We are studying the interaction between retroviral envelope and receptor proteins, which mediate viral entry. Some studies involve mutating the receptor, or the envelope, to see what portions of these proteins are involved in various steps in the fusion process. Other approaches include modifying the surface charge or lipid composition of the membranes involved in fusion. We made some interesting observations related to the latter approach over the past year. In trying to make new fluorescent probes to monitor fusion events at the cell surface, we found that attaching cholesterol (a lipid) to DNA molecules caused them to bind tightly to the surface of cells. Since DNA is negatively charged, we investigated whether cell surface-bound DNA affected virus-mediated membrane fusion. We found that cholesterol-DNA probes inhibited entry by certain strains of HIV but not others. The strains that were inhibited had a high density of positive charge in a variable region of the HIV envelope protein known as the V3 loop. Previous work had shown that dextran sulfate and heparin, other negatively charged polymers, inhibited the same strains of HIV, though at much higher concentrations, presumably because these compounds do not concentrate at the cell surface. Consistent with an electrostatic interaction, the inhibitory effects of cholesterol-DNA were blocked by a positively charged polymer, DEAE-dextran. The cholesterol-DNA probes have several unique properties that make them interesting tools to study cell surface events: they are targeted to specialized membrane domains known as rafts that are involved in cell-signaling and, probably, virus-mediated cell fusion; by adjusting the length of the DNA, they might be used to probe events at different distances from the cell surface; because they hybridize to complementary DNA strands, they could be used to engineer various types of close connection between cells with complementary probes on their surfaces.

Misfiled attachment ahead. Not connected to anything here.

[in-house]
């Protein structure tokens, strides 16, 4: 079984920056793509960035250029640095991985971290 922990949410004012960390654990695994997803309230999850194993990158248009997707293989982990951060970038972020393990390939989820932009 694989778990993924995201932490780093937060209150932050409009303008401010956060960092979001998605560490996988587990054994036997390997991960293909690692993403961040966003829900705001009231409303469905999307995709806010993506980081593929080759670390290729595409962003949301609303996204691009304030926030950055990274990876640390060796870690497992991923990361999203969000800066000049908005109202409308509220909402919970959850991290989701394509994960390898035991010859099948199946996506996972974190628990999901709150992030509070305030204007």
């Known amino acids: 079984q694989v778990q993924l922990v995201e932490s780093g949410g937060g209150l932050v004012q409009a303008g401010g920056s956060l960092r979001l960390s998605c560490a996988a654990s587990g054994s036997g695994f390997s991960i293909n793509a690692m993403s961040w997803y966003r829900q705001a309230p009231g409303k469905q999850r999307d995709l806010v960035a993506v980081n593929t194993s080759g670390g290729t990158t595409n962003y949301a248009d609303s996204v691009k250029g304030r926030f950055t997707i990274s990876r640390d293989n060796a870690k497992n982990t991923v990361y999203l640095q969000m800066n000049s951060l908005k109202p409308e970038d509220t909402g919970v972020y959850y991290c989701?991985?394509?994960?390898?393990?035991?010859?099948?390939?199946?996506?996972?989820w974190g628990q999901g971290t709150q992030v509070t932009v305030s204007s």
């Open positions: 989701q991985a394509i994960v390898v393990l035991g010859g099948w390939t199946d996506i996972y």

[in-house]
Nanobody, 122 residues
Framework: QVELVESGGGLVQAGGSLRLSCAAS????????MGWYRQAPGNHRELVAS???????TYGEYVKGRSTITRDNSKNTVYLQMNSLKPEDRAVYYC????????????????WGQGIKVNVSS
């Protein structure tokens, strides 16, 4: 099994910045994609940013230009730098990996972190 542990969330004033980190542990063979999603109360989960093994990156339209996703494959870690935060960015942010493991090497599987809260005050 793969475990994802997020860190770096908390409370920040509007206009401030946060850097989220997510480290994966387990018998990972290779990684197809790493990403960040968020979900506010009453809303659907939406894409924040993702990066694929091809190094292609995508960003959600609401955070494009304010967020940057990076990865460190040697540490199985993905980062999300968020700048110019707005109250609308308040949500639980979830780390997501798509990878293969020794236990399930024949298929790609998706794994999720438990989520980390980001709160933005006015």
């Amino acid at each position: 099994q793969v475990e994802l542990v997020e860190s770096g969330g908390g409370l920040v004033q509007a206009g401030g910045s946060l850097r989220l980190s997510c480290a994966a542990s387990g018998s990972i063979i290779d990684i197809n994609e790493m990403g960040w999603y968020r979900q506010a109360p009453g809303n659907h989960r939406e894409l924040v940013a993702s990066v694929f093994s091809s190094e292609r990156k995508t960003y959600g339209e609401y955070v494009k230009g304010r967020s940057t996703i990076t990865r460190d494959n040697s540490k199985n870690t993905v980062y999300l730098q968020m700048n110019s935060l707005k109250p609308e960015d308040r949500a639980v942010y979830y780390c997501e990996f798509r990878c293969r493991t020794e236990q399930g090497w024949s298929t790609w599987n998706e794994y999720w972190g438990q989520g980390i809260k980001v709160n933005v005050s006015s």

National Institute of Health (NIH)
National Institute of Allergy and Infectious Diseases (NIAID)
Intramural Research (Z01)
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Ou, Wu; Silver, Jonathan (2006) Stoichiometry of murine leukemia virus envelope protein-mediated fusion and its neutralization. J Virol 80:11982-90
Gilbert, Joanna; Ou, Wu; Silver, Jonathan et al. (2006) Downregulation of protein disulfide isomerase inhibits infection by the mouse polyomavirus. J Virol 80:10868-70
Ou, Wu; Silver, Jonathan (2006) Role of protein disulfide isomerase and other thiol-reactive proteins in HIV-1 envelope protein-mediated fusion. Virology 350:406-17
Ou, Wu; Lu, Ning; Yu, Sloane S et al. (2006) Effect of epitope position on neutralization by anti-human immunodeficiency virus monoclonal antibody 2F5. J Virol 80:2539-47
Ou, Wu; Silver, Jonathan (2005) Efficient trapping of HIV-1 envelope protein by hetero-oligomerization with an N-helix chimera. Retrovirology 2:51
Ou, Wu; Silver, Jonathan (2005) Inhibition of murine leukemia virus envelope protein (env) processing by intracellular expression of the env N-terminal heptad repeat region. J Virol 79:4782-92
Ahn, Kwang-Soo; Ou, Wu; Silver, Jonathan (2004) Inhibition of certain strains of HIV-1 by cell surface polyanions in the form of cholesterol-labeled oligonucleotides. Virology 330:50-61
Ou, Wu; Xiong, Ying; Silver, Jonathan (2004) Quantification of virus-envelope-mediated cell fusion using a tetracycline transcriptional transactivator: fusion does not correlate with syncytium formation. Virology 324:263-72
Ou, Wu; Silver, Jonathan (2003) Role of a conserved amino-terminal sequence in the ecotropic MLV receptor mCAT1. Virology 308:101-13
Lu, Xiongbin; Xiong, Ying; Silver, Jonathan (2002) Asymmetric requirement for cholesterol in receptor-bearing but not envelope-bearing membranes for fusion mediated by ecotropic murine leukemia virus. J Virol 76:6701-9

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